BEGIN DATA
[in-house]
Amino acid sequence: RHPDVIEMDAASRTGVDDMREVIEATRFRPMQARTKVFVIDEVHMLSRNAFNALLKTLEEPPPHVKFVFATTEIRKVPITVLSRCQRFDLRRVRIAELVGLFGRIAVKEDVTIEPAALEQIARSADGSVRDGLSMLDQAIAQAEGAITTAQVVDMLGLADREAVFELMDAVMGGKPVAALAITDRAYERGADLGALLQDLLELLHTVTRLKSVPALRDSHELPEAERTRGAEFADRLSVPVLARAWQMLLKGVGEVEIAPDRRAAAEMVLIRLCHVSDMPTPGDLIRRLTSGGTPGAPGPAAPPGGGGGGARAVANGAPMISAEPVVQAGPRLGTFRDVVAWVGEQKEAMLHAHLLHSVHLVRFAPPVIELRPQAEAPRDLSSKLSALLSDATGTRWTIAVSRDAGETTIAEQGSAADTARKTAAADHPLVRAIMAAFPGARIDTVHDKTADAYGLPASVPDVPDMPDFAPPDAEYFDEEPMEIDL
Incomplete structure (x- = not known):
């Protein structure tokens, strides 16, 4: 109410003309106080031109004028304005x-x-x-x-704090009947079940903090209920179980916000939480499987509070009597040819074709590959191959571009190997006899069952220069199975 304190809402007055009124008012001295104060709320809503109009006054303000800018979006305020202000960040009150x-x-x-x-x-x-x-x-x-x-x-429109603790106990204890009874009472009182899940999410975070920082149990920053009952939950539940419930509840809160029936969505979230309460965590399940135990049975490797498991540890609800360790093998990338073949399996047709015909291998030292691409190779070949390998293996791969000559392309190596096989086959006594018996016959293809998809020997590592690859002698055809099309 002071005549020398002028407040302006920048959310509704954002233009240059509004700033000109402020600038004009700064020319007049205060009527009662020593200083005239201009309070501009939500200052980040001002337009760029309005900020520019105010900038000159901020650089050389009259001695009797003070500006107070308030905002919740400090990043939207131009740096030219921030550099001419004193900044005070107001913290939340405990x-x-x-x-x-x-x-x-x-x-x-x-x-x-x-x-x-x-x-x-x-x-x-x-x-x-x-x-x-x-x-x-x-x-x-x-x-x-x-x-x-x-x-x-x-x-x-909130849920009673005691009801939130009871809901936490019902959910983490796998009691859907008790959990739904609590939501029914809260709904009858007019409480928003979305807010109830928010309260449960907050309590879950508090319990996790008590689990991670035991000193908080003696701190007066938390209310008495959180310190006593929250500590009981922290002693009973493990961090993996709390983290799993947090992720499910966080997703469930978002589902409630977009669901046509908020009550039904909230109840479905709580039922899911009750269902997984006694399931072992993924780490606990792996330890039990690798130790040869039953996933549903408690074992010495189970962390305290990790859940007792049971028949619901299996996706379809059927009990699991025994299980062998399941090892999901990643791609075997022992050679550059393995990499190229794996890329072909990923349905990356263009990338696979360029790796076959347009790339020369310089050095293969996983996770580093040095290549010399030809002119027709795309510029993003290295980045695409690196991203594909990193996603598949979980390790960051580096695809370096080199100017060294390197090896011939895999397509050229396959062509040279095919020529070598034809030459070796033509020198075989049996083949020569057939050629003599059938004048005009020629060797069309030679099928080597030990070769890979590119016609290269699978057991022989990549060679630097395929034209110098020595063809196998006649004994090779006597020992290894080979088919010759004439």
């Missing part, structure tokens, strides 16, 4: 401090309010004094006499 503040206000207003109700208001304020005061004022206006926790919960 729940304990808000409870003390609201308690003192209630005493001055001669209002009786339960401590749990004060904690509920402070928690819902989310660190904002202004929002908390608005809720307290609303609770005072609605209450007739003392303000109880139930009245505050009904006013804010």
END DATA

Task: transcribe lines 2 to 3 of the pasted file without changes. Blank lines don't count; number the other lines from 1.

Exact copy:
Amino acid sequence: RHPDVIEMDAASRTGVDDMREVIEATRFRPMQARTKVFVIDEVHMLSRNAFNALLKTLEEPPPHVKFVFATTEIRKVPITVLSRCQRFDLRRVRIAELVGLFGRIAVKEDVTIEPAALEQIARSADGSVRDGLSMLDQAIAQAEGAITTAQVVDMLGLADREAVFELMDAVMGGKPVAALAITDRAYERGADLGALLQDLLELLHTVTRLKSVPALRDSHELPEAERTRGAEFADRLSVPVLARAWQMLLKGVGEVEIAPDRRAAAEMVLIRLCHVSDMPTPGDLIRRLTSGGTPGAPGPAAPPGGGGGGARAVANGAPMISAEPVVQAGPRLGTFRDVVAWVGEQKEAMLHAHLLHSVHLVRFAPPVIELRPQAEAPRDLSSKLSALLSDATGTRWTIAVSRDAGETTIAEQGSAADTARKTAAADHPLVRAIMAAFPGARIDTVHDKTADAYGLPASVPDVPDMPDFAPPDAEYFDEEPMEIDL
Incomplete structure (x- = not known):